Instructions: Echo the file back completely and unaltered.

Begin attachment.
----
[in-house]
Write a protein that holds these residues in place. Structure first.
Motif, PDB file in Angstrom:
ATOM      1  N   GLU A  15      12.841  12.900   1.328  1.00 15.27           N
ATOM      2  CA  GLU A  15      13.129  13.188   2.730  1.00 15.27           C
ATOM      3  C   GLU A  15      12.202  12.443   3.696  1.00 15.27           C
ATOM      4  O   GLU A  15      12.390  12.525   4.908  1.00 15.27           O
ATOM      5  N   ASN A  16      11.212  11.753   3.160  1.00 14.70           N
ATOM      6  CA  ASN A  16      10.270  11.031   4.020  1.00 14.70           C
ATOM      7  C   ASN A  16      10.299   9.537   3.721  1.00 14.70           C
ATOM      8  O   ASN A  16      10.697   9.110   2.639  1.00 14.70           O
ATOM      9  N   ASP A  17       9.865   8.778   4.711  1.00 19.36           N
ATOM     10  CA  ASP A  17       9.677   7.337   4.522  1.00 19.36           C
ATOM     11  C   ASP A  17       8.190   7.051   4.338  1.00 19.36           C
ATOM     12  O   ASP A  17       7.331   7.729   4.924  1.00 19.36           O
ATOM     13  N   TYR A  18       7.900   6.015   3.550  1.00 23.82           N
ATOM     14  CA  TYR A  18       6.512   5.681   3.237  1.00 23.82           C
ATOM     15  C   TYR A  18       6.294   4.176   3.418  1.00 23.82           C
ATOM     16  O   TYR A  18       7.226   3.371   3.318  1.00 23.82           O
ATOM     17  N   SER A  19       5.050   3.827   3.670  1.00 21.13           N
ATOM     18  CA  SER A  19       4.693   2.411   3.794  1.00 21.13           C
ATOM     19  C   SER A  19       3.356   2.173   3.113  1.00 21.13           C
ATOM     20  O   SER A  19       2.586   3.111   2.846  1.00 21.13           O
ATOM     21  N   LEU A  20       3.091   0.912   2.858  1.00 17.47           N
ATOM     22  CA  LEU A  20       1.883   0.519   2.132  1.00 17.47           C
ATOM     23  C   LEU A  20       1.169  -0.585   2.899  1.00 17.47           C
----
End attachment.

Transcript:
[in-house]
Write a protein that holds these residues in place. Structure first.
Motif, PDB file in Angstrom:
ATOM      1  N   GLU A  15      12.841  12.900   1.328  1.00 15.27           N
ATOM      2  CA  GLU A  15      13.129  13.188   2.730  1.00 15.27           C
ATOM      3  C   GLU A  15      12.202  12.443   3.696  1.00 15.27           C
ATOM      4  O   GLU A  15      12.390  12.525   4.908  1.00 15.27           O
ATOM      5  N   ASN A  16      11.212  11.753   3.160  1.00 14.70           N
ATOM      6  CA  ASN A  16      10.270  11.031   4.020  1.00 14.70           C
ATOM      7  C   ASN A  16      10.299   9.537   3.721  1.00 14.70           C
ATOM      8  O   ASN A  16      10.697   9.110   2.639  1.00 14.70           O
ATOM      9  N   ASP A  17       9.865   8.778   4.711  1.00 19.36           N
ATOM     10  CA  ASP A  17       9.677   7.337   4.522  1.00 19.36           C
ATOM     11  C   ASP A  17       8.190   7.051   4.338  1.00 19.36           C
ATOM     12  O   ASP A  17       7.331   7.729   4.924  1.00 19.36           O
ATOM     13  N   TYR A  18       7.900   6.015   3.550  1.00 23.82           N
ATOM     14  CA  TYR A  18       6.512   5.681   3.237  1.00 23.82           C
ATOM     15  C   TYR A  18       6.294   4.176   3.418  1.00 23.82           C
ATOM     16  O   TYR A  18       7.226   3.371   3.318  1.00 23.82           O
ATOM     17  N   SER A  19       5.050   3.827   3.670  1.00 21.13           N
ATOM     18  CA  SER A  19       4.693   2.411   3.794  1.00 21.13           C
ATOM     19  C   SER A  19       3.356   2.173   3.113  1.00 21.13           C
ATOM     20  O   SER A  19       2.586   3.111   2.846  1.00 21.13           O
ATOM     21  N   LEU A  20       3.091   0.912   2.858  1.00 17.47           N
ATOM     22  CA  LEU A  20       1.883   0.519   2.132  1.00 17.47           C
ATOM     23  C   LEU A  20       1.169  -0.585   2.899  1.00 17.47           C